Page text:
Dissolution of the Company of Musketeers

Upon the death of Louis XIII, which followed Richelieu’s own death by a few months, began the Regency with Anne of Austria seconded by Cardinal Mazarin.

If Richelieu had never loved the King’s Musketeers and Tréville in particular, one could say that Mazarin brought this enmity to its paroxysm. 

Mazarin rapidly amassed a great deal of power, a power almost as absolute as that of his predecessor, and Tréville’s independence irritated him. 

Even more irritating, the latter insisted on flaunting his position of serving the King alone, without concessions. Besides, Mazarin had other very personal projects in mind for the company of the Musketeers. For one, he wanted to put his nephew Mancini at the head of the company.

A silent war began between the two men. Mazarin tried both trickery and flattery, but Tréville didn’t take the bait. He then tried to provoke him, notably by forbidding him to engage any new musketeer that was not presented first to the King (still a child), or by systematically rejecting any candidates recommended by Tréville. 

In the course of their quarrel, Tréville resisted the Cardinal and fought to protect his privileges, even seeking arbitration from the Queen by reminding her of his long and loyal service, not to mention his friendship with the defunct King Louis XIII. Above all, Tréville had no intention of resigning his commission as Lieutenant-Captain of the Company.

“Mr. De Tréville who, for having lost the late King who had been his support against Cardinal Richelieu’s attacks, had lost nothing of his pride, thought that after having resisted the power of such a man, he could resist just as well the power of this one. In this way, not more complaisant with one than he had been with the other, he stood firm against him, without listening to all his promises. He responded to those who spoke to him on the part [of Mazarin] that, this commission having been granted to him as the reward for his good deeds, he wished to conserve it for as long as he lived. He was satisfied that His Majesty, finding him thus anointed at his majority, should ask those who were nearest him as to the reasons that had obliged the late King his father to appoint [Tréville] rather than another.”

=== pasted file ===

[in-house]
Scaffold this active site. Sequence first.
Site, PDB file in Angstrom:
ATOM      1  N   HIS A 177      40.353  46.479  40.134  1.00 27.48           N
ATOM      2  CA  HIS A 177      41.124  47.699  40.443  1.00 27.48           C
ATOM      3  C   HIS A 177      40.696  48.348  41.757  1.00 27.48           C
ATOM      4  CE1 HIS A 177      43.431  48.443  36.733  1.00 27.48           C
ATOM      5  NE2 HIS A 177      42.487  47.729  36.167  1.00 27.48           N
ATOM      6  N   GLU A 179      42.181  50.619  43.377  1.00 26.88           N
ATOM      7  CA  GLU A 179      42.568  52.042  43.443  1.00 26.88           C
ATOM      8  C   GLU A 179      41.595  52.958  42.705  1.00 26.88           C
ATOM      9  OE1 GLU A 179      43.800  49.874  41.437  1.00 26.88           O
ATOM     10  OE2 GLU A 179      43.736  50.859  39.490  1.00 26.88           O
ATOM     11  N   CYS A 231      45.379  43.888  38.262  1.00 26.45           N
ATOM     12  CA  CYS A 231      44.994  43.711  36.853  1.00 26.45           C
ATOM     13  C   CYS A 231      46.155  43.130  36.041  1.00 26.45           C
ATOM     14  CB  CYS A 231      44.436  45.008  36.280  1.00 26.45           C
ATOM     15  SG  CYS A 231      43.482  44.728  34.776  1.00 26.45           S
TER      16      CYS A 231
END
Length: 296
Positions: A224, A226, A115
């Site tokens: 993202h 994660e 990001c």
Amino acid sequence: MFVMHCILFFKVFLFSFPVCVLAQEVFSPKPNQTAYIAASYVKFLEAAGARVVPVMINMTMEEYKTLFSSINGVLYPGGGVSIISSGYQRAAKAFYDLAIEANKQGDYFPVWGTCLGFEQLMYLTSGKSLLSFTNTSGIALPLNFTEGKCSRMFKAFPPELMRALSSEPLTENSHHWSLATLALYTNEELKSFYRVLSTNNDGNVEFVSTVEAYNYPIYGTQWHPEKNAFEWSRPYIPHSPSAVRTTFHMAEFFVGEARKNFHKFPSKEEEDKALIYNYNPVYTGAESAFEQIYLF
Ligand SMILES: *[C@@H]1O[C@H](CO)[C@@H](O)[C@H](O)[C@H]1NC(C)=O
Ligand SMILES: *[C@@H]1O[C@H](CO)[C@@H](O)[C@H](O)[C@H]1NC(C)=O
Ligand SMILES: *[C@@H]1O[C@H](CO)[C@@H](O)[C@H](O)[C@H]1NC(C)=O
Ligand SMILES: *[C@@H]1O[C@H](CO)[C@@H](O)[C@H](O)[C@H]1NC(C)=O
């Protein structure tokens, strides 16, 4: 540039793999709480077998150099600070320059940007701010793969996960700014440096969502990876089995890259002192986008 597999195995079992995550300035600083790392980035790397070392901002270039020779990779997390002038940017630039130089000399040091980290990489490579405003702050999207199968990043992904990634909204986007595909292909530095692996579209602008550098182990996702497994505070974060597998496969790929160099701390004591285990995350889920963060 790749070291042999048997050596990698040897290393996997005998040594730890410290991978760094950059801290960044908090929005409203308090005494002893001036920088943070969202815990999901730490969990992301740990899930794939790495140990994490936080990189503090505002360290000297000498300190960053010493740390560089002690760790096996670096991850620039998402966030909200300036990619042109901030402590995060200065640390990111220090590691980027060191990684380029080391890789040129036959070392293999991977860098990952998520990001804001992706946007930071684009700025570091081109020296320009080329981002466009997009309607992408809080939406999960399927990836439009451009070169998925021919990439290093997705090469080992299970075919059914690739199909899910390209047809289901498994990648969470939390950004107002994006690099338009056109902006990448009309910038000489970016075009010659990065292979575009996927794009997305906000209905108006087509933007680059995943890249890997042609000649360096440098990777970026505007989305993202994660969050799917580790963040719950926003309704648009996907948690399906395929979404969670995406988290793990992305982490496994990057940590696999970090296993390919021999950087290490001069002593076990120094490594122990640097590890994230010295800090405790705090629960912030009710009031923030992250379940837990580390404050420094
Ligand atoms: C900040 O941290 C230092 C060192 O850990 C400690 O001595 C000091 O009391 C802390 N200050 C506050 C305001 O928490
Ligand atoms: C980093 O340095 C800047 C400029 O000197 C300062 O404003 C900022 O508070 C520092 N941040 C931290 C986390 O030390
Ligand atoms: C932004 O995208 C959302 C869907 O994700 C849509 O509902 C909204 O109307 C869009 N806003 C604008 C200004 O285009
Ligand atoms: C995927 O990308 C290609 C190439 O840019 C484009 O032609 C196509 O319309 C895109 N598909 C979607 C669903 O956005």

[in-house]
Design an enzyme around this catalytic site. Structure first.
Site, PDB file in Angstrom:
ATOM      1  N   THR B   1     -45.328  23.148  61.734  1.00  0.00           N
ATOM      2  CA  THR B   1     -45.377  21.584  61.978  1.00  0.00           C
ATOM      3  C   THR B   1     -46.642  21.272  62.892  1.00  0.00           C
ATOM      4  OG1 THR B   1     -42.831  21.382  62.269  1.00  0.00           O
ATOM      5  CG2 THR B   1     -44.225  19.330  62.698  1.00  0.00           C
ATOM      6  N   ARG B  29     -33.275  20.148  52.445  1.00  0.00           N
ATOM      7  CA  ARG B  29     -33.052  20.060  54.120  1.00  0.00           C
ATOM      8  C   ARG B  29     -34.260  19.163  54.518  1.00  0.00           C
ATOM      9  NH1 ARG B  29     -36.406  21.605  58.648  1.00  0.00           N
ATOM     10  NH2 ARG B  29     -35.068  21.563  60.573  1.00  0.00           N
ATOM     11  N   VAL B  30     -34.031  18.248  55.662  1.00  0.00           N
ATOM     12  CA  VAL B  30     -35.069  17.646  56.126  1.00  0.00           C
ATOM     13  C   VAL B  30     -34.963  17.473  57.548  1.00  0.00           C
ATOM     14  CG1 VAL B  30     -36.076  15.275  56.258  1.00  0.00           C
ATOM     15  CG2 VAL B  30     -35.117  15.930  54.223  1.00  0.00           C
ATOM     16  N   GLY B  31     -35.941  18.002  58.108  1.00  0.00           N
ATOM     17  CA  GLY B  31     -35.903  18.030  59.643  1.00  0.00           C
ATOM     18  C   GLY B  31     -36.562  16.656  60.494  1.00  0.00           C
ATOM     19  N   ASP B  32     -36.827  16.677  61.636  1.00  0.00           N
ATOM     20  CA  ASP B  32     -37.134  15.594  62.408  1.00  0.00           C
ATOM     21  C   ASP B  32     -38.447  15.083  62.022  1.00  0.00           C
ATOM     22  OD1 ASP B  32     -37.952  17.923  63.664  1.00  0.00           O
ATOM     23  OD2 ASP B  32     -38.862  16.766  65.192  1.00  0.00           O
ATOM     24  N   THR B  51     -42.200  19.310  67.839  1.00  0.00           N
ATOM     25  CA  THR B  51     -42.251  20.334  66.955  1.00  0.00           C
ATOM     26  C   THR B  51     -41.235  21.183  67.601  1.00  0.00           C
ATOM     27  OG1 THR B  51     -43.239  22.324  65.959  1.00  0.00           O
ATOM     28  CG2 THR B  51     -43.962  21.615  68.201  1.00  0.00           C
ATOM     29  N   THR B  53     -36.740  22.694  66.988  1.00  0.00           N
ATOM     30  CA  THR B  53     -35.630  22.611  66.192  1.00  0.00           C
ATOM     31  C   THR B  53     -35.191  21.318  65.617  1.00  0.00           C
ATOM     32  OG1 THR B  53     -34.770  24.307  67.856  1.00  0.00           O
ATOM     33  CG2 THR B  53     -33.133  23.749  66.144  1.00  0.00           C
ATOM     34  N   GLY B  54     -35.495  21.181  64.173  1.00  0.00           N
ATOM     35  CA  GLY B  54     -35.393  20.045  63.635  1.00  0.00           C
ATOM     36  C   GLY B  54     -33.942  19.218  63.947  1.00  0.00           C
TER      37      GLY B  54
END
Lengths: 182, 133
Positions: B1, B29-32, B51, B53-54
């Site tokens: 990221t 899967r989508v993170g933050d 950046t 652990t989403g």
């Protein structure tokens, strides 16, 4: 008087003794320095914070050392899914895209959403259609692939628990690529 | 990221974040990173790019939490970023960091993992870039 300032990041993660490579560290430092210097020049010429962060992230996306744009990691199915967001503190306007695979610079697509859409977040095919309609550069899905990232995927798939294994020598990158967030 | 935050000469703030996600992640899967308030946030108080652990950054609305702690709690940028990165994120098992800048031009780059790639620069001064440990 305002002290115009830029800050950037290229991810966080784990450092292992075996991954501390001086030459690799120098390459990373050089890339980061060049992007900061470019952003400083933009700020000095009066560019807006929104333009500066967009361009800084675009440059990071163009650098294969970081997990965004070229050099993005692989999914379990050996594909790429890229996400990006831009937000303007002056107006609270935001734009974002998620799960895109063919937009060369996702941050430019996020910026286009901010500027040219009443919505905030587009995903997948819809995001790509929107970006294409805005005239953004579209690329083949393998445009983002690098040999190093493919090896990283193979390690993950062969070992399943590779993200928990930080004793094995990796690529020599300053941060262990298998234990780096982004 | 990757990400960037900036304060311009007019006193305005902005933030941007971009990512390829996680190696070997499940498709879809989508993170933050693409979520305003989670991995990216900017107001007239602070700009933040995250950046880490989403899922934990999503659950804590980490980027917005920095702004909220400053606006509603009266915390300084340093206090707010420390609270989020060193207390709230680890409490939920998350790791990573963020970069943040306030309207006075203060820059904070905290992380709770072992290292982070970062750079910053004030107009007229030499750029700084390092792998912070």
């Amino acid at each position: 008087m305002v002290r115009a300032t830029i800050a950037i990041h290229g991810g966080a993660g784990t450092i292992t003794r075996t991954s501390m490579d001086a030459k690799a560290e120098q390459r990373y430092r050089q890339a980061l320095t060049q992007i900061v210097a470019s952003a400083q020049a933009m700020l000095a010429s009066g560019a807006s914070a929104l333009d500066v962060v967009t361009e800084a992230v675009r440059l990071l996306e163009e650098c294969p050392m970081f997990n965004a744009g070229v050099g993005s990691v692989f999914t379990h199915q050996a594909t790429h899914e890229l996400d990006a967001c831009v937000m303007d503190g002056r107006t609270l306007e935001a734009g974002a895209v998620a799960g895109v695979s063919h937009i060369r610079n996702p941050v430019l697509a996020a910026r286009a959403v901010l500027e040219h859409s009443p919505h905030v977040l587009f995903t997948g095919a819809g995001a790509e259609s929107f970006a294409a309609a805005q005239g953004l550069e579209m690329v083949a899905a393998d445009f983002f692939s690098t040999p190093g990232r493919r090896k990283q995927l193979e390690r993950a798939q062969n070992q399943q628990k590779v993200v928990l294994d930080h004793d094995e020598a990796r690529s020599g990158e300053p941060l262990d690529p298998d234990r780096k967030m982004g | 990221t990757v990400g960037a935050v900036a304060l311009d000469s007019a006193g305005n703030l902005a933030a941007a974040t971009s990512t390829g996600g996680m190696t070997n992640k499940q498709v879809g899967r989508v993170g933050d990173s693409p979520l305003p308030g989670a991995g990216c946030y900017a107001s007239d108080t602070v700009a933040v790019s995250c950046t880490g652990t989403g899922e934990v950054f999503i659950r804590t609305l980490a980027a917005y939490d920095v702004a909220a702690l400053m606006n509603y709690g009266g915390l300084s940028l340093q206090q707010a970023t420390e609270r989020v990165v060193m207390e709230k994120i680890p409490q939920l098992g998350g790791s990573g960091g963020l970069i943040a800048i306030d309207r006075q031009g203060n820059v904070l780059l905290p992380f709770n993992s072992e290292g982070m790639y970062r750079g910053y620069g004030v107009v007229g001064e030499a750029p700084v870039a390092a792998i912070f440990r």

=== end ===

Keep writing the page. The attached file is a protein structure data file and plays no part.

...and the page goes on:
Courtilz de Sandras

Mazarin again tried slander, but was frustrated by the Musketeers’ loyalty toward their commander, whom they esteemed and respected. 

“This situation without resolution could not last long. The company justified the Cardinal’s envy with its excellent demeanor; it maintained very strict discipline. Accustomed to living together, the Musketeers held one another in high esteem. There was not one who was not brave: individual courage was demanded in particular. L’esprit de corps was very powerful because it was founded upon friendship and mutual trust among all the men of each detachment. The company had become the best school for learning at the same time the soldier’s trade and the duties of a man of the court.”
Arnaud Jacomet

Mazarin was so absorbed by his conflict with Tréville that he all he saw in the company was a “dangerous hotbed of sedition”. Frustrated by his inability to sway Tréville and get his way, he chose a radical solution: to definitively disband the company.

In 1646, he was rewarded with a decree by the King that officially dissolved the Company of the Musketeers.

In order to win public acceptance of this measure, Mazarin presented the pretext of the Company’s elevated cost and the unnecessary expenses it incurred on the State. Thus, the Musketeers were dispersed and absorbed by other existing military corps.